One easy way to watch Eliason put brush to canvas is to attend Arti Gras at Shopko Hall on March 3rd or 4th. She says it's a good opportunity for her to reach out to potential customers and also share what she's learned with fellow art lovers.
“There are two groups of audience: there are people that are artists or closet-artists, and they have a lot of questions. It's an opportunity to answer their questions and then they can watch me paint. And then there are people that are intrigued, and they want to watch me paint.
They are not artists, but they might have questions on, 'could you paint my kids, or my dog, or my horse, or my cottage.' I do some special order paintings for people. It's a good place to touch base with them."
Eliason recently completed ten paintings that were purchased by Nicolet National Bank in Green Bay. On display in their downtown location, the paintings show a slice of Wisconsin life. One series called “Jake's Story" features a weathered looking gentleman repairing fishing nets on Washington Island. It's encouraging to see a business step up and support a local artist.
When asked about other possibilities for her work in the Green Bay area, one obvious subject comes up: the Packers. Eliason, who happens to work part-time as a security guard at Lambeau home games, is not shy about her zeal for the Green and Gold. In her studio, there is a Packer-themed painting in the early stages of completion. In it, a small crowd of ladies seems to be chanting, “Go Pack, Go!" She shows me the photo that she's using as a reference and it's clear this one is going to be a lively work of art.
“I love painting enthusiastic Packers fans, at their best, full of joy and energy, their faces all happy. I would love the opportunity to do some of these paintings for the area around Lambeau. I've painted many murals, I would be so happy to get involved in that."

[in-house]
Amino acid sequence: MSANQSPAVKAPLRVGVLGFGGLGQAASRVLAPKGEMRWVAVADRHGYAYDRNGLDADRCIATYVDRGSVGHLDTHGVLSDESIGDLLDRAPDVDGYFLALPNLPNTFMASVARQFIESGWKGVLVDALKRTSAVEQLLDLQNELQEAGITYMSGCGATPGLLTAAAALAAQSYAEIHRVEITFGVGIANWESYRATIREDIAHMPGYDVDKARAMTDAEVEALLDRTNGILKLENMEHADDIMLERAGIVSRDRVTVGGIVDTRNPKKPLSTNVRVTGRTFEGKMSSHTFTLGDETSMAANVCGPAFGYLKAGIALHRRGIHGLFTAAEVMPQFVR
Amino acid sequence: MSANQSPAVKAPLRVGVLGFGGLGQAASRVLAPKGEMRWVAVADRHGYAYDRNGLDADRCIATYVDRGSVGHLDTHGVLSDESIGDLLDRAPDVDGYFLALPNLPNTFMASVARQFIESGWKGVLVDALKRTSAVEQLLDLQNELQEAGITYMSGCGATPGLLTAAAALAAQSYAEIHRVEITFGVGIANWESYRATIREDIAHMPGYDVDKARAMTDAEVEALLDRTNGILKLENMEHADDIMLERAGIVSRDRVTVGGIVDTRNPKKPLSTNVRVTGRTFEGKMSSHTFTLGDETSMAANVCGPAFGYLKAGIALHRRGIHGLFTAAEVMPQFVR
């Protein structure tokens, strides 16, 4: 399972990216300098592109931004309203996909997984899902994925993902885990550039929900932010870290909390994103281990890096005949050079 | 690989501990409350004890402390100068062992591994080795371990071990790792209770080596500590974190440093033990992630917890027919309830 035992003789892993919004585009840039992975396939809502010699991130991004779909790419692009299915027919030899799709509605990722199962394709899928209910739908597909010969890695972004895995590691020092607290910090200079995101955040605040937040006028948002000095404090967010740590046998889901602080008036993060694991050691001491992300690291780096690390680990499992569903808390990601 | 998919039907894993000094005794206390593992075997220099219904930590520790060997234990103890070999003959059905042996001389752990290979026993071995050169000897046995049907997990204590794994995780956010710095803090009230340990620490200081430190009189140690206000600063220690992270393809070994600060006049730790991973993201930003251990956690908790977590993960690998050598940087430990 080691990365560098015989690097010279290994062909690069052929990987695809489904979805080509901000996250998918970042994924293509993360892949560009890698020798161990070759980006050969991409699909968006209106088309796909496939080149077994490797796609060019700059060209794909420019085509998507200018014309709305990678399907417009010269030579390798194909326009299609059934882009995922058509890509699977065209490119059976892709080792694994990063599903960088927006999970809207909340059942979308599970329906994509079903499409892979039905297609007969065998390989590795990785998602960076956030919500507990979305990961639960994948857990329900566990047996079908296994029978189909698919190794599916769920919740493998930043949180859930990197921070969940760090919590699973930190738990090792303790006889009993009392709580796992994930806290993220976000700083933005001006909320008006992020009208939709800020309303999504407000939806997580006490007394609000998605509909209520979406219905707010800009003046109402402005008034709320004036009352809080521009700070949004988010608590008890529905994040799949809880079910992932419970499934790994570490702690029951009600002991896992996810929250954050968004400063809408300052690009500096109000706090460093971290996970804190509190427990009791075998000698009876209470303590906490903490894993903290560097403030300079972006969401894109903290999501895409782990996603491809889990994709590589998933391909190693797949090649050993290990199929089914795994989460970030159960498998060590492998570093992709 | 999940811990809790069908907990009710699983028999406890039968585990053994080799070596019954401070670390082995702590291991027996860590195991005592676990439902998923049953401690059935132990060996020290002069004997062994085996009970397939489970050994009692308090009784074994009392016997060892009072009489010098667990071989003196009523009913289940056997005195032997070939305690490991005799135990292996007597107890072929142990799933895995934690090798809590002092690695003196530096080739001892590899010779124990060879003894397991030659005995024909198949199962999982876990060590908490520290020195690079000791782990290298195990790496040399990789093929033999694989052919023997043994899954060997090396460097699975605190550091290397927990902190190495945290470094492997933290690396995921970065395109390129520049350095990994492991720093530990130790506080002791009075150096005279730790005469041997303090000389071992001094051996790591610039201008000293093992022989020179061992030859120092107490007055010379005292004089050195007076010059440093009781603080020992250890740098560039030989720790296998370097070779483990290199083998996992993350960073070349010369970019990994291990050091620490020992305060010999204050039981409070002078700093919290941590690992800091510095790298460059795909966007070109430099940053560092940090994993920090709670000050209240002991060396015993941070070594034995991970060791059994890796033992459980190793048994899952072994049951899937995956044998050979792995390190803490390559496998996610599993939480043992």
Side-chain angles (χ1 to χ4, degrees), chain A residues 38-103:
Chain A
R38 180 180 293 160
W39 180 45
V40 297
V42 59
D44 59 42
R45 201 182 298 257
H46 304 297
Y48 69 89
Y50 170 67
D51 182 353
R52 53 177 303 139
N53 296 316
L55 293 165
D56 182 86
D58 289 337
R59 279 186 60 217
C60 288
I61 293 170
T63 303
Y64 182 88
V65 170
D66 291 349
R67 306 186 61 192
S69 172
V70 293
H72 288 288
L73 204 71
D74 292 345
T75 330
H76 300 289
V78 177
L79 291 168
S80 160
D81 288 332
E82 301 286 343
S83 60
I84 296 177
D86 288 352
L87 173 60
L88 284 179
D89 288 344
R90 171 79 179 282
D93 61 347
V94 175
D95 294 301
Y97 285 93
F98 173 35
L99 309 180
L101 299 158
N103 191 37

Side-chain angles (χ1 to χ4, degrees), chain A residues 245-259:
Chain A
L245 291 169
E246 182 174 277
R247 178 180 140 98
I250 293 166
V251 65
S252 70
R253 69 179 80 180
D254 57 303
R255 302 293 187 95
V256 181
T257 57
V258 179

Eliason has worked full-time as an artist in the past, but now prefers the security of a job close to home. As with most things, it comes down to balance.
“There are a lot of people that would like to do it more for income but they're not sure how to get there. How do you leave a steady paycheck and do art full-time? In Green Bay that's a huge hurdle, but there's no reason why you can't balance both. I've done it for twenty years now; I've balanced art and a full-time job and raising kids. Green Bay has many opportunities to nurture artists and creative thinkers will continuously come up with new ideas."
For Eliason, art is a way for her to share her positive energy with others. She managed to overcome breast cancer and is six years cancer free.
“I do not take any day for granted; every day is a precious gift. God created all this beauty around us. We can look at the gloom and doom or we can look at the beauty, and it's up to us to stay positive and faith—filled and to always look for the good in people and see the beauty in things."
To see more of Amy Eliason's paintings or to learn how you can take lessons, go to AmyEliason.com, or call (920) 621-3389.
Donna Fischer is an avid fan of music, film and art. When she's not writing on these subjects you'll find her gardening or snowshoeing around Green Bay.